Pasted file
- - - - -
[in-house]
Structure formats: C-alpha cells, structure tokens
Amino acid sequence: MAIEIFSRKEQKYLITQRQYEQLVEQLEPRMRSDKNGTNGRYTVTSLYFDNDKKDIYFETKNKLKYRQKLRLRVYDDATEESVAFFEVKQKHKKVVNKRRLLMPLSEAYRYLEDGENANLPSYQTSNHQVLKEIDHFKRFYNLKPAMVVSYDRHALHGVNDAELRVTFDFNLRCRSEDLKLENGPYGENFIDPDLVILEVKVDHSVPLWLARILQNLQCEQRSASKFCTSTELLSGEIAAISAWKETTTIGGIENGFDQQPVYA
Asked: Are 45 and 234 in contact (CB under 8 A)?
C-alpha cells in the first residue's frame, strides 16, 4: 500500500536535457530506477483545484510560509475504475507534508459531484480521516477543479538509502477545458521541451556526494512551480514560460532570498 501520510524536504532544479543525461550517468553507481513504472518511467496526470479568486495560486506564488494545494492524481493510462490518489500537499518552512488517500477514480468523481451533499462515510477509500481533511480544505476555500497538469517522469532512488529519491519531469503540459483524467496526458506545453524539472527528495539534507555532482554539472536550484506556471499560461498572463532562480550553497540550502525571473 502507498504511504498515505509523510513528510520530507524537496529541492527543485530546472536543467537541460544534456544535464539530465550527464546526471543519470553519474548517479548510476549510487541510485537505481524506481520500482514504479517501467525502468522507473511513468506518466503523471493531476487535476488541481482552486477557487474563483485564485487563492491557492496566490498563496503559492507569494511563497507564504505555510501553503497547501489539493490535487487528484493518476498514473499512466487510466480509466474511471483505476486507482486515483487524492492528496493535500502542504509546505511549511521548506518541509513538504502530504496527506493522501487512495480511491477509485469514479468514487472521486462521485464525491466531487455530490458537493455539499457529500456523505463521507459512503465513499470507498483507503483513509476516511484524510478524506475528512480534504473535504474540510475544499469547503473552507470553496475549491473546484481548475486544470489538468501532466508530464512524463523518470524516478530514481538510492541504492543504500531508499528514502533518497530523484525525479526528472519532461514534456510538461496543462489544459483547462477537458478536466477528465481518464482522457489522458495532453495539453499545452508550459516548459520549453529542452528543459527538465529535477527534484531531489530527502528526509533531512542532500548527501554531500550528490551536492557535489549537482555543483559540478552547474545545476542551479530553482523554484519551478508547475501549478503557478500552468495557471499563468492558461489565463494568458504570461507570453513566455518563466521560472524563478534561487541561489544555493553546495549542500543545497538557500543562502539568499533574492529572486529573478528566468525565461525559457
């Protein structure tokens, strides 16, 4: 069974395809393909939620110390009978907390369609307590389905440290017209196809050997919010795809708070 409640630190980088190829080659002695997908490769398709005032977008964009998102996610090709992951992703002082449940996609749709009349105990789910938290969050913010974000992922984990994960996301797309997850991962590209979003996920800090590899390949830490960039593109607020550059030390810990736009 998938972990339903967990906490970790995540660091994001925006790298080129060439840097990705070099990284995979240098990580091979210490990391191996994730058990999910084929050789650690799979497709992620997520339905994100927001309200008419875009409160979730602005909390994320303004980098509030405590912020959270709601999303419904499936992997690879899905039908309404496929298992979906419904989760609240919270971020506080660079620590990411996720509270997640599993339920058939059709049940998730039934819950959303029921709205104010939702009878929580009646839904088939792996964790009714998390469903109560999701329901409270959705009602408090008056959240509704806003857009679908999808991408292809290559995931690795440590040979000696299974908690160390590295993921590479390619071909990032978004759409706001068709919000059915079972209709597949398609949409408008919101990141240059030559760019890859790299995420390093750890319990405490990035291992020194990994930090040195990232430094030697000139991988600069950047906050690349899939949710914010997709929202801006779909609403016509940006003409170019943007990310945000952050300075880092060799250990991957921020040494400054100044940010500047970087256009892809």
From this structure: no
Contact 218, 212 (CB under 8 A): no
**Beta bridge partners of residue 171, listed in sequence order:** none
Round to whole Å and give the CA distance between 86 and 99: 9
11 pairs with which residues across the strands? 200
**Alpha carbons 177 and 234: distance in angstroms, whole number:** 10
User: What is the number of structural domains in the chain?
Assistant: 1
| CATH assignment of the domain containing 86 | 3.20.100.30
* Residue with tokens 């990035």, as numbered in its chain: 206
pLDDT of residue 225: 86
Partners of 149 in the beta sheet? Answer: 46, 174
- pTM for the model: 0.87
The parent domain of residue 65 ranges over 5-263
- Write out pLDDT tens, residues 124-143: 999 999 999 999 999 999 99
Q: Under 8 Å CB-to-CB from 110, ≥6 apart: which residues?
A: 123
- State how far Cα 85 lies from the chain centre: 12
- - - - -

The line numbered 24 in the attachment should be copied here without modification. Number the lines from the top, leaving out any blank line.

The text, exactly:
- State how far Cα 85 lies from the chain centre: 12